And for the first time, Syrian rebels have threatened to take the fight to Hezbollah inside Lebanese territory, a potentially dangerous expansion of the conflict.
Hezbollah is the most powerful political and military force in Lebanon. It is also a group supported primarily by Shiite Muslims, many of whom back the government of Syrian President Bashar al-Assad. The opposition in Syria is made up of mostly Sunni Muslims and has broad support among Sunnis in Lebanon.
Sunni militant groups from Lebanon have also been sending fighters into Syria and giving weapons and logistical support to the opposition, according to Lebanese security officials. Now, tensions are peaking as Shiites and Sunnis from Lebanon are fighting one another inside Syria, increasing the potential for conflict back home.
The fighting on the border could easily spread to Tripoli, Sidon or even Beirut, cities where heavy clashes in the past two years between Shiites and Sunnis linked to the Syrian conflict have left dozens dead.
The conflict also has regional implications. Hezbollah has linked with Iran to form an axis of Shiite support for Assad, whose Alawite sect is an offshoot of Shiism, while Turkey, Qatar and Saudi Arabia have formed a grouping of predominantly Sunni powers that support the opposition.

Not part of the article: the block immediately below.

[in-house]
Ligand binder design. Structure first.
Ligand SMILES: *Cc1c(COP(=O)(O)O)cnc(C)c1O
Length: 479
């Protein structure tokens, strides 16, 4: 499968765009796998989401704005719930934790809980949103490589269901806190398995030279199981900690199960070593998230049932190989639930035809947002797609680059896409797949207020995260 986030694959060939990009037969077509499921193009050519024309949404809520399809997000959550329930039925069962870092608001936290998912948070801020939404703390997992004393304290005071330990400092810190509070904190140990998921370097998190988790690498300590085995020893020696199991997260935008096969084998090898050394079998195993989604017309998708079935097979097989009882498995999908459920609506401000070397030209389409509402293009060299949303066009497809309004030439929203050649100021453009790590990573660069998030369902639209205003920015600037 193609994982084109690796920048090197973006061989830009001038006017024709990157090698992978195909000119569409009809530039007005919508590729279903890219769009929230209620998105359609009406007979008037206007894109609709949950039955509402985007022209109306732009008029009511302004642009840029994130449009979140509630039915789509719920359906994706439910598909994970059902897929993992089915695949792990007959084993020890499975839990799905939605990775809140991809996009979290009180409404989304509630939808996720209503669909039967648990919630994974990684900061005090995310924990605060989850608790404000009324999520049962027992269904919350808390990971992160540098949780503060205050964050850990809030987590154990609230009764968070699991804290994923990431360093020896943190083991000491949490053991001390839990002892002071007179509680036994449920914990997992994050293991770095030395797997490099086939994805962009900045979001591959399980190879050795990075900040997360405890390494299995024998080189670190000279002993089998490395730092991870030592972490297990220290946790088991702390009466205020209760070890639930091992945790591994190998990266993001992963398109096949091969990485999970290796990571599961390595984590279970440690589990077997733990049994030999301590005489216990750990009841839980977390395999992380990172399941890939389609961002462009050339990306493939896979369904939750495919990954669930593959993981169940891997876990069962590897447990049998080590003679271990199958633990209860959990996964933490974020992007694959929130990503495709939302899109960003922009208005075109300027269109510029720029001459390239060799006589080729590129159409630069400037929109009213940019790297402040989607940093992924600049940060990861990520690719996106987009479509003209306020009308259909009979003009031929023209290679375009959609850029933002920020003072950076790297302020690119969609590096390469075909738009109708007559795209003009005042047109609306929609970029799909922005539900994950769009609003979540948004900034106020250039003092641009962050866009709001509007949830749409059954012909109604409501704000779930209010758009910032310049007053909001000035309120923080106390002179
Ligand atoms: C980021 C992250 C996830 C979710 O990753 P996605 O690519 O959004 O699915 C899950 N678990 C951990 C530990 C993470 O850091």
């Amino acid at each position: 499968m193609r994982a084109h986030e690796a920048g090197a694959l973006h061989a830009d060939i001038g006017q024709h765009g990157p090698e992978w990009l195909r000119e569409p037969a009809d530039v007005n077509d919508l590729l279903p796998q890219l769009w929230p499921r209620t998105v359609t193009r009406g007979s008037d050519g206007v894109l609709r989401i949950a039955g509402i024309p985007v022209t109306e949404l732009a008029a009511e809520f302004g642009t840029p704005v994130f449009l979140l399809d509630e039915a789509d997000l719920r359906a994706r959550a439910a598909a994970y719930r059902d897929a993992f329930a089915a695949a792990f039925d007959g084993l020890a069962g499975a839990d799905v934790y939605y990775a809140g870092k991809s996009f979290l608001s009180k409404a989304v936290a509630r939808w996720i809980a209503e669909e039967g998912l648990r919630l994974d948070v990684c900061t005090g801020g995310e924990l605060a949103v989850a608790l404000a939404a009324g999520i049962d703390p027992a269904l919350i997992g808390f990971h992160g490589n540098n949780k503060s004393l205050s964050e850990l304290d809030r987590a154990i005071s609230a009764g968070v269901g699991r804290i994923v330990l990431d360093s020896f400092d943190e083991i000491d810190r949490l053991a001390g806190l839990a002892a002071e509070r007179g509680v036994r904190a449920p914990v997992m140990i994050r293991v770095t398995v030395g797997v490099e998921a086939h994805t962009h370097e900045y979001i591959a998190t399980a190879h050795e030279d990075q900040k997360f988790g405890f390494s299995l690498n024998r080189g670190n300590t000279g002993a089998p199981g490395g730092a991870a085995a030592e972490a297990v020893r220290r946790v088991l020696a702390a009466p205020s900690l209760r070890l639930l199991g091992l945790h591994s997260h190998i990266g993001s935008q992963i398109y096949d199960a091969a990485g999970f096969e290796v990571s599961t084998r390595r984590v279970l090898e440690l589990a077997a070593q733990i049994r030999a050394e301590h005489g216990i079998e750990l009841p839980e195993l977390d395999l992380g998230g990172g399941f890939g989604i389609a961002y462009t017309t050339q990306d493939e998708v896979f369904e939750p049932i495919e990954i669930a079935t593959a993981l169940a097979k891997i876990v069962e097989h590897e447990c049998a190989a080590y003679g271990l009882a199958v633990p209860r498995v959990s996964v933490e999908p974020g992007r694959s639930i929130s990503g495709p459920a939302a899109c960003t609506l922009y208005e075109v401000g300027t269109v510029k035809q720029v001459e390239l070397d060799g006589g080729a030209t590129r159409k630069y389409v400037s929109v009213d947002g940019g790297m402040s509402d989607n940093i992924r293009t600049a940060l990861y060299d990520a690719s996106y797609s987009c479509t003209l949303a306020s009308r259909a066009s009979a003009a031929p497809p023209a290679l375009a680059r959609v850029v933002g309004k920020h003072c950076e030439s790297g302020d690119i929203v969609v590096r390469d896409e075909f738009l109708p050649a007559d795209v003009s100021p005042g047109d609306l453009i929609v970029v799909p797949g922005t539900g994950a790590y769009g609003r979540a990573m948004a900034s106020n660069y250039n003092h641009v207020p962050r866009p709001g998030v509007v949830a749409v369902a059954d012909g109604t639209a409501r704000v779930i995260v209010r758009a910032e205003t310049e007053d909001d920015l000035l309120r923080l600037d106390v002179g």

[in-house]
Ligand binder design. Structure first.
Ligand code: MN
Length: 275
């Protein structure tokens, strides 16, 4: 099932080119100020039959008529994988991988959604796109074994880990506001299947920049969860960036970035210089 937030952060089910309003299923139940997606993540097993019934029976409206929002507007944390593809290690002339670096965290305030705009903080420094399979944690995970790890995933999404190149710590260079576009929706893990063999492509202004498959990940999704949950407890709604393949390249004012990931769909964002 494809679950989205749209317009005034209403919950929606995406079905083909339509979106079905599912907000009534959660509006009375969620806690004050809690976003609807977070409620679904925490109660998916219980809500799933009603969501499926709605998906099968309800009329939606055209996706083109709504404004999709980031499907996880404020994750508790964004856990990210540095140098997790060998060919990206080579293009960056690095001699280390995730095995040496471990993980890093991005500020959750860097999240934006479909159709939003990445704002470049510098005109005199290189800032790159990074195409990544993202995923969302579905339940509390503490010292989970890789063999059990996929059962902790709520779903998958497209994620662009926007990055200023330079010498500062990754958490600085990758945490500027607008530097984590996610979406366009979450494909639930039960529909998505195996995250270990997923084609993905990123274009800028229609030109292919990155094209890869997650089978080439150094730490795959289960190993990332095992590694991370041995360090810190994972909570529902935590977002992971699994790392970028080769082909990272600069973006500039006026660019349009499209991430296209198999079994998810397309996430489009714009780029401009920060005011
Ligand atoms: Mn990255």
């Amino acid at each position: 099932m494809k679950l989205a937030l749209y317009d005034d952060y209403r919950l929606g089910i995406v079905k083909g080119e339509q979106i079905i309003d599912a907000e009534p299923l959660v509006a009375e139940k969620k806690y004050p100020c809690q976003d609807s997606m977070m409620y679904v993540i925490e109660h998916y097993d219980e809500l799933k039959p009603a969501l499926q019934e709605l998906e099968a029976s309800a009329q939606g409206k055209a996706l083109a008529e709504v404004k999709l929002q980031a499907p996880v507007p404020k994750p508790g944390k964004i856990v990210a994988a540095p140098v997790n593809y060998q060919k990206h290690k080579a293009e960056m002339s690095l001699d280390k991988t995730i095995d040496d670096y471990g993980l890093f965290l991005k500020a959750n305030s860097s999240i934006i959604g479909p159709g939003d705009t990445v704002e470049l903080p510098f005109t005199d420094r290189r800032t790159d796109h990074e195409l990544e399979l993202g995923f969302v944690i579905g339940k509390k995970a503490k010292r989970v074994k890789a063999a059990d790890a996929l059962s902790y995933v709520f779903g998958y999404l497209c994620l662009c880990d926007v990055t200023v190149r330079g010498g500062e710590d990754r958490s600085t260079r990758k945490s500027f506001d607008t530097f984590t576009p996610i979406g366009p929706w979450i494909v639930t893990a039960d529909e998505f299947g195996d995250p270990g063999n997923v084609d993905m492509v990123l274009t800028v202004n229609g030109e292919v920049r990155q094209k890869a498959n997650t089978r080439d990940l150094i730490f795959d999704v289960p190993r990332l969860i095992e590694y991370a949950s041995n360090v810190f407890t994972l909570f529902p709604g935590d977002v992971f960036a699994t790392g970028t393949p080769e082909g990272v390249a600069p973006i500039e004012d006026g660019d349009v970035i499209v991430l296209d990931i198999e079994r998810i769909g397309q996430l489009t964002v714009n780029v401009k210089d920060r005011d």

In a report to the U.N. Security Council last week, U.N. Secretary General Ban Ki-moon expressed “grave concern” about the “further deaths of Hezbollah members fighting inside Syria” as well as reports of Sunni Lebanese fighters being killed in Syria.
“The dangers for Lebanon of such involvement and indeed of continued cross-border arms smuggling are obvious,” he said. “I call upon all Lebanese political leaders to act to ensure that Lebanon remains neutral in respect of external conflicts.”
In a speech Wednesday, Hezbollah leader Hassan Nasrallah acknowledged that there are Hezbollah militants fighting in the villages near the border and said the residents there have a right to defend themselves. He also issued a stern warning, saying, “No one should make any miscalculations with us.”
Observers say that one misstep from Shiite or Sunni militants on Lebanese soil could cause the situation to deteriorate quickly.
“They are involved in the war on the other side, but they are trying not to bring it to Lebanon. The problem is, this thing can collapse at any moment,” said Timur Goksel, a former senior adviser to the U.N. monitoring team in Lebanon who is a political science lecturer at the American University of Beirut. “We may have a very serious outbreak of violence in Lebanon. So that’s what is scary.”